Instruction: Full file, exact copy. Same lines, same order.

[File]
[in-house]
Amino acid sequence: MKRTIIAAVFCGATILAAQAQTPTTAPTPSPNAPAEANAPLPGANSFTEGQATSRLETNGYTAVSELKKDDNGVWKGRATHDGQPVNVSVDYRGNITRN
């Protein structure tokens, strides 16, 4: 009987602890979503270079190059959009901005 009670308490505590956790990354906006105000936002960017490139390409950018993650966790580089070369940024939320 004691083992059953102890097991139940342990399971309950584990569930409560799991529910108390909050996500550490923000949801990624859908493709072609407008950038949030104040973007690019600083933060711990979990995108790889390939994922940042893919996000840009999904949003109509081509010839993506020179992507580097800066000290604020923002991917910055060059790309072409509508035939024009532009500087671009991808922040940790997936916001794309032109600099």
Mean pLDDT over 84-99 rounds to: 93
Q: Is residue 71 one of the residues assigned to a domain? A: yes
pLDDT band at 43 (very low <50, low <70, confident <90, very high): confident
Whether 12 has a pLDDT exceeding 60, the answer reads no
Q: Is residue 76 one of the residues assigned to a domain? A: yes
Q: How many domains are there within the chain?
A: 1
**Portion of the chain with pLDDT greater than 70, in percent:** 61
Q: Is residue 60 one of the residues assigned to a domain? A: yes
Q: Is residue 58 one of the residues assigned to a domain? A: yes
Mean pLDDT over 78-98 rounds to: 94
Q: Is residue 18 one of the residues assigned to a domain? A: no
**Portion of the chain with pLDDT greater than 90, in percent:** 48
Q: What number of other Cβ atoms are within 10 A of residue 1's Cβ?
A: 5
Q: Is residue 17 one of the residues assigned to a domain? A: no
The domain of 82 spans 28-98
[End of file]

[in-house]
Amino acid sequence: MKRTIIAAVFCGATILAAQAQTPTTAPTPSPNAPAEANAPLPGANSFTEGQATSRLETNGYTAVSELKKDDNGVWKGRATHDGQPVNVSVDYRGNITRN
């Protein structure tokens, strides 16, 4: 009987602890979503270079190059959009901005 009670308490505590956790990354906006105000936002960017490139390409950018993650966790580089070369940024939320 004691083992059953102890097991139940342990399971309950584990569930409560799991529910108390909050996500550490923000949801990624859908493709072609407008950038949030104040973007690019600083933060711990979990995108790889390939994922940042893919996000840009999904949003109509081509010839993506020179992507580097800066000290604020923002991917910055060059790309072409509508035939024009532009500087671009991808922040940790997936916001794309032109600099």
Mean pLDDT over 84-99 rounds to: 93
Q: Is residue 71 one of the residues assigned to a domain? A: yes
pLDDT band at 43 (very low <50, low <70, confident <90, very high): confident
Whether 12 has a pLDDT exceeding 60, the answer reads no
Q: Is residue 76 one of the residues assigned to a domain? A: yes
Q: How many domains are there within the chain?
A: 1
**Portion of the chain with pLDDT greater than 70, in percent:** 61
Q: Is residue 60 one of the residues assigned to a domain? A: yes
Q: Is residue 58 one of the residues assigned to a domain? A: yes
Mean pLDDT over 78-98 rounds to: 94
Q: Is residue 18 one of the residues assigned to a domain? A: no
**Portion of the chain with pLDDT greater than 90, in percent:** 48
Q: What number of other Cβ atoms are within 10 A of residue 1's Cβ?
A: 5
Q: Is residue 17 one of the residues assigned to a domain? A: no
The domain of 82 spans 28-98